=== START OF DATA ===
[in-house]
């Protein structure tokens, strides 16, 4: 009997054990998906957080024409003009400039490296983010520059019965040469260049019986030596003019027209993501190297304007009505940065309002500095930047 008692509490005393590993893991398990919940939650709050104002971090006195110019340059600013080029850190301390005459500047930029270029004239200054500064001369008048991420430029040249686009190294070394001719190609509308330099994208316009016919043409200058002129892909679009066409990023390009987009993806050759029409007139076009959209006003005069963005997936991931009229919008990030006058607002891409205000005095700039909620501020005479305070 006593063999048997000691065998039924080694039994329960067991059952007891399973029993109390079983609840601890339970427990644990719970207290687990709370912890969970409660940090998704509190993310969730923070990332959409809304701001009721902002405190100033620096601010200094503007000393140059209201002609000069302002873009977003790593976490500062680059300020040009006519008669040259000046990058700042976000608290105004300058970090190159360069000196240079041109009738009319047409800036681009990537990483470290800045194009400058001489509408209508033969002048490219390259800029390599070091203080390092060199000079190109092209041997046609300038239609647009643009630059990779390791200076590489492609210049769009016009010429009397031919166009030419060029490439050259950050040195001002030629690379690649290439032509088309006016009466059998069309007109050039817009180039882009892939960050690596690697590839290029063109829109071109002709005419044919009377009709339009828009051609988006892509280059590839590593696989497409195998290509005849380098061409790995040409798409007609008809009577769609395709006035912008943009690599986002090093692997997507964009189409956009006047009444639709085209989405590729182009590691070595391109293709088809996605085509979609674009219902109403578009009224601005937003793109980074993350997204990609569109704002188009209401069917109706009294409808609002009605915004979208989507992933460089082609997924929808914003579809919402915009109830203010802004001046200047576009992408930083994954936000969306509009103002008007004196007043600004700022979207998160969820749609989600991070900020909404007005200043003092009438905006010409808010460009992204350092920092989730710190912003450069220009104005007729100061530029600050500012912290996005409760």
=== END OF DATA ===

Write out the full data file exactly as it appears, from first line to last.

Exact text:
[in-house]
């Protein structure tokens, strides 16, 4: 009997054990998906957080024409003009400039490296983010520059019965040469260049019986030596003019027209993501190297304007009505940065309002500095930047 008692509490005393590993893991398990919940939650709050104002971090006195110019340059600013080029850190301390005459500047930029270029004239200054500064001369008048991420430029040249686009190294070394001719190609509308330099994208316009016919043409200058002129892909679009066409990023390009987009993806050759029409007139076009959209006003005069963005997936991931009229919008990030006058607002891409205000005095700039909620501020005479305070 006593063999048997000691065998039924080694039994329960067991059952007891399973029993109390079983609840601890339970427990644990719970207290687990709370912890969970409660940090998704509190993310969730923070990332959409809304701001009721902002405190100033620096601010200094503007000393140059209201002609000069302002873009977003790593976490500062680059300020040009006519008669040259000046990058700042976000608290105004300058970090190159360069000196240079041109009738009319047409800036681009990537990483470290800045194009400058001489509408209508033969002048490219390259800029390599070091203080390092060199000079190109092209041997046609300038239609647009643009630059990779390791200076590489492609210049769009016009010429009397031919166009030419060029490439050259950050040195001002030629690379690649290439032509088309006016009466059998069309007109050039817009180039882009892939960050690596690697590839290029063109829109071109002709005419044919009377009709339009828009051609988006892509280059590839590593696989497409195998290509005849380098061409790995040409798409007609008809009577769609395709006035912008943009690599986002090093692997997507964009189409956009006047009444639709085209989405590729182009590691070595391109293709088809996605085509979609674009219902109403578009009224601005937003793109980074993350997204990609569109704002188009209401069917109706009294409808609002009605915004979208989507992933460089082609997924929808914003579809919402915009109830203010802004001046200047576009992408930083994954936000969306509009103002008007004196007043600004700022979207998160969820749609989600991070900020909404007005200043003092009438905006010409808010460009992204350092920092989730710190912003450069220009104005007729100061530029600050500012912290996005409760």